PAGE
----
Additionally when we extracting from Chrome history we need remove links that are out of scope – example you are extracting links that you used for reading about data mining. So links where you access your banking site or friends on facebook are not related.

To sort out not related links we can insert in sql statement filtering criteria with NOT Like * or <> as below:
select_statement = “SELECT urls.url FROM urls WHERE urls.url NOT Like ‘%localhost%’ AND urls.url NOT Like ‘%google%’ AND urls.visit_count > 0 AND urls.url <> ‘https://www.reddit.com/’ ;”

Conclusion
We learned how to extract text from website (pdf or html). We built the script for two practical examples: when we use links from Chrome web browser history or when we have list of links extracted from somewhere, for example from Twitter search results. The next step would be extract insights from the obtained text data using machine learning or text mining. For example from chrome history we could build frequent questions that developer searches in the web browser and create faster way to access information.

# -*- coding: utf-8 -*-

import os
import sqlite3
import operator
from collections import OrderedDict

import time
import csv

from bs4 import BeautifulSoup
from bs4.element import Comment
import requests
import re
import subprocess


MIN_LENGTH_of_document = 40
MIN_LENGTH_of_word = 2
USE_LINKS_FROM_CHROME_HISTORY = False #if false will use from csv file

def remove_min_words(txt):
   
   shortword = re.compile(r'\W*\b\w{1,1}\b')
   return(shortword.sub('', txt))


def clean_txt(text):
   text = re.sub('[^A-Za-z.  ]', ' ', text)
   text=' '.join(text.split())
   text = remove_min_words(text)
   text=text.lower()
   text = text if  len(text) >= MIN_LENGTH_of_document else ""
   return text

def tag_visible(element):
    if element.parent.name in ['style', 'script', 'head',  'meta', '[document]']:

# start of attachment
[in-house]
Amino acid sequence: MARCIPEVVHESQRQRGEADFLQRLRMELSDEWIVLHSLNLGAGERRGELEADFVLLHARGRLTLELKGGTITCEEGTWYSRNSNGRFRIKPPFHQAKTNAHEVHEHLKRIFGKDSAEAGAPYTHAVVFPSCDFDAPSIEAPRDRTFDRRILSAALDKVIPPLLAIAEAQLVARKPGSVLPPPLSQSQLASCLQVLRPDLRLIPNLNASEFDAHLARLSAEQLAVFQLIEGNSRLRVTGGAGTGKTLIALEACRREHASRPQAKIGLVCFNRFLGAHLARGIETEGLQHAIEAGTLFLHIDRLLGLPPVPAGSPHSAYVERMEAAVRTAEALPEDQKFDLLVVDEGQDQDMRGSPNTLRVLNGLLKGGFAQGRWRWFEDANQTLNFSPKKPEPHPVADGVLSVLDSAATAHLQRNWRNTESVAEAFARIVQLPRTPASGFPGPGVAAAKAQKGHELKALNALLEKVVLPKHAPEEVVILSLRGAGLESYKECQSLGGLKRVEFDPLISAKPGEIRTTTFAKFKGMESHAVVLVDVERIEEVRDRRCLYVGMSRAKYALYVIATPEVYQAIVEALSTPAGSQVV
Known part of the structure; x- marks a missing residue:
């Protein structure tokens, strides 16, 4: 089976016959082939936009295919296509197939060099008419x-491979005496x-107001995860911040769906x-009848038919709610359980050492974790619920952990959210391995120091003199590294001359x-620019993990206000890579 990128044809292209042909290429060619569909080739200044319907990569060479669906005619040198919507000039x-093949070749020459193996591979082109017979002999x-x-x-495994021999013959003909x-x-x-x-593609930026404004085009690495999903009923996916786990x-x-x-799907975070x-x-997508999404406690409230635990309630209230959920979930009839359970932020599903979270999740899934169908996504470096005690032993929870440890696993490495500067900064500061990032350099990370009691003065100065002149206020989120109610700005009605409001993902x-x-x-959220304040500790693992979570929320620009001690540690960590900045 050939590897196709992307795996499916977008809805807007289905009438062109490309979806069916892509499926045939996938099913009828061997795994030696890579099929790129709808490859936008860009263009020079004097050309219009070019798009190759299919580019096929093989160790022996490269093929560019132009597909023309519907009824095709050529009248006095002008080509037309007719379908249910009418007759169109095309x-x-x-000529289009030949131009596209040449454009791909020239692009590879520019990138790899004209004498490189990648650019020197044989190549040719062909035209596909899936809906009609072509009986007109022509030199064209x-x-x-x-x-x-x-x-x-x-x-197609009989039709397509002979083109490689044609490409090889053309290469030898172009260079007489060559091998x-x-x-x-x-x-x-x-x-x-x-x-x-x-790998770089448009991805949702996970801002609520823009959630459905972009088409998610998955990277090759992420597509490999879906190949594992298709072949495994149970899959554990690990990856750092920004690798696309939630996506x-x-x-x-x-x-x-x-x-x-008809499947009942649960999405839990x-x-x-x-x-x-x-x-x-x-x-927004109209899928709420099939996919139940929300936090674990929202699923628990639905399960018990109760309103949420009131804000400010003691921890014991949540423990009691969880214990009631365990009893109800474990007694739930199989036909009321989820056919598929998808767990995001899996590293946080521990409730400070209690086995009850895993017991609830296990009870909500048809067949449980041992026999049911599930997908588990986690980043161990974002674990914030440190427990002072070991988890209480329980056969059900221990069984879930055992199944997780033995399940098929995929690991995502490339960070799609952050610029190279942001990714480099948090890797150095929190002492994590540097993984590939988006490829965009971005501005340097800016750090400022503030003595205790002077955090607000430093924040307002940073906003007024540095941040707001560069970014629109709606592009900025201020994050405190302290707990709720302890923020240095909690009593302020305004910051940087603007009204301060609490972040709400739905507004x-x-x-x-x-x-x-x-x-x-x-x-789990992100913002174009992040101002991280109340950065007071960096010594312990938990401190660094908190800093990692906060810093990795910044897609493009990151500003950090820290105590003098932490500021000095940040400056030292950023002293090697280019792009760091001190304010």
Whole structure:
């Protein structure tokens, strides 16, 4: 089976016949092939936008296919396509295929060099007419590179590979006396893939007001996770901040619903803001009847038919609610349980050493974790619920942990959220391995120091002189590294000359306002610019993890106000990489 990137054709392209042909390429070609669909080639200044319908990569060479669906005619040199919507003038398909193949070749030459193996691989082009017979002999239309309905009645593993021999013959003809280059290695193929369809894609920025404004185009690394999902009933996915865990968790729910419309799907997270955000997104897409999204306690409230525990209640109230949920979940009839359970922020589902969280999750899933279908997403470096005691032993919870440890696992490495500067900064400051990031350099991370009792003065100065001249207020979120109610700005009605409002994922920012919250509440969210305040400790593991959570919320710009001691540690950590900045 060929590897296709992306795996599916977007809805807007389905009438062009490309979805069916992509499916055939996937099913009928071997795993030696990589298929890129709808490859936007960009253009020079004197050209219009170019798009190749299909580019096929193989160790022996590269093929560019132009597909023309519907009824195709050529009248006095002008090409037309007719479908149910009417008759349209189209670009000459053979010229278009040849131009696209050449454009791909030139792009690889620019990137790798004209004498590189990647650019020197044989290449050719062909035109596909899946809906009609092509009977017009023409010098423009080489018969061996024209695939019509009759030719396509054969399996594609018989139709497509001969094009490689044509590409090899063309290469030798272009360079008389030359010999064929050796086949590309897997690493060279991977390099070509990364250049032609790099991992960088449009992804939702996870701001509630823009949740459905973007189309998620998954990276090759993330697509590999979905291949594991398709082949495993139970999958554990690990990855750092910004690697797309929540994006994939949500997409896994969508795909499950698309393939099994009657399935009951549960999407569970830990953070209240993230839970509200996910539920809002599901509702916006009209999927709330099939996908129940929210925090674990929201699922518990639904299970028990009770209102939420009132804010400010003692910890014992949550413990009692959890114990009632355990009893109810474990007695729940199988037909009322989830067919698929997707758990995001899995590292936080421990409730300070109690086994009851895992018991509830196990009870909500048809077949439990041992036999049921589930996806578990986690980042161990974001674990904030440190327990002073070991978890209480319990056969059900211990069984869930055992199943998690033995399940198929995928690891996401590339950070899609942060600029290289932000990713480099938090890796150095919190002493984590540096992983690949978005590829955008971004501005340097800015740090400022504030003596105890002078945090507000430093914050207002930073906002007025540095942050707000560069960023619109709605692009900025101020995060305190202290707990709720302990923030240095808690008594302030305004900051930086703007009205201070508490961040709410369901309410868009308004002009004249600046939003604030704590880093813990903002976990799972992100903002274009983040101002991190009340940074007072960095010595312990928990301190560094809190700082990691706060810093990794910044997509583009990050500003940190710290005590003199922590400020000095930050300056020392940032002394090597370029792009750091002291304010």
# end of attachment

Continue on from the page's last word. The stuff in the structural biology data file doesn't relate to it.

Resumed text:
return False
    if isinstance(element, Comment):
        return False
    return True


  
    
def get_txt_from_pdf(url):
    myfile = requests.get(url, timeout=8)
    myfile_name=url.split("/")[-1] 
    myfile_name_wout_ext=myfile_name[0:-4]
    open('C:\\Users\\username\\Downloads\\' + myfile_name, 'wb').write(myfile.content)
    subprocess.call(['C:\\Users\\username\\pythonrun\\pdftotext' + '\\pdftotext', myfile_name, myfile_name_wout_ext+".txt"])
    with open('C:\\Users\\username\\Downloads\\' + myfile_name_wout_ext+".txt", 'r') as content_file:
        content = content_file.read()
    return content    


def get_text(url):
   print (url) 
   
   try:
      req  = requests.get(url, timeout=5)
   except: 
      return "TIMEOUT ERROR"  
  
   data = req.text
   soup = BeautifulSoup(data, "html.parser")
   texts = soup.findAll(text=True)
   visible_texts = filter(tag_visible, texts)  
   return u" ".join(t.strip() for t in visible_texts)


def parse(url):
	try:
		parsed_url_components = url.split('//')
		sublevel_split = parsed_url_components[1].split('/', 1)
		domain = sublevel_split[0].replace("www.", "")
		return domain
	except IndexError:
		print ("URL format error!")


def get_links_from_chrome_history():
   #path to user's history database (Chrome)
   data_path = os.path.expanduser('~')+"\\AppData\\Local\\Google\\Chrome\\User Data\\Default"
 
   history_db = os.path.join(data_path, 'history')

   #querying the db
   c = sqlite3.connect(history_db)
   cursor = c.cursor()
   select_statement = "SELECT urls.url FROM urls WHERE urls.url NOT Like '%localhost%' AND urls.url NOT Like '%google%' AND urls.visit_count > 0 AND urls.url <> 'https://www.reddit.com/' ;"
   cursor.execute(select_statement)

   results_tuples = cursor.fetchall() 
  
   return ([x[0] for x in results_tuples])
   
   
def get_links_from_csv_file():
   links_from_csv = []
   
   filename = 'C:\\Users\\username\\pythonrun\\links.csv'
   col_id=0
   with open(filename, newline='', encoding='utf-8-sig') as f:
      reader = csv.reader(f)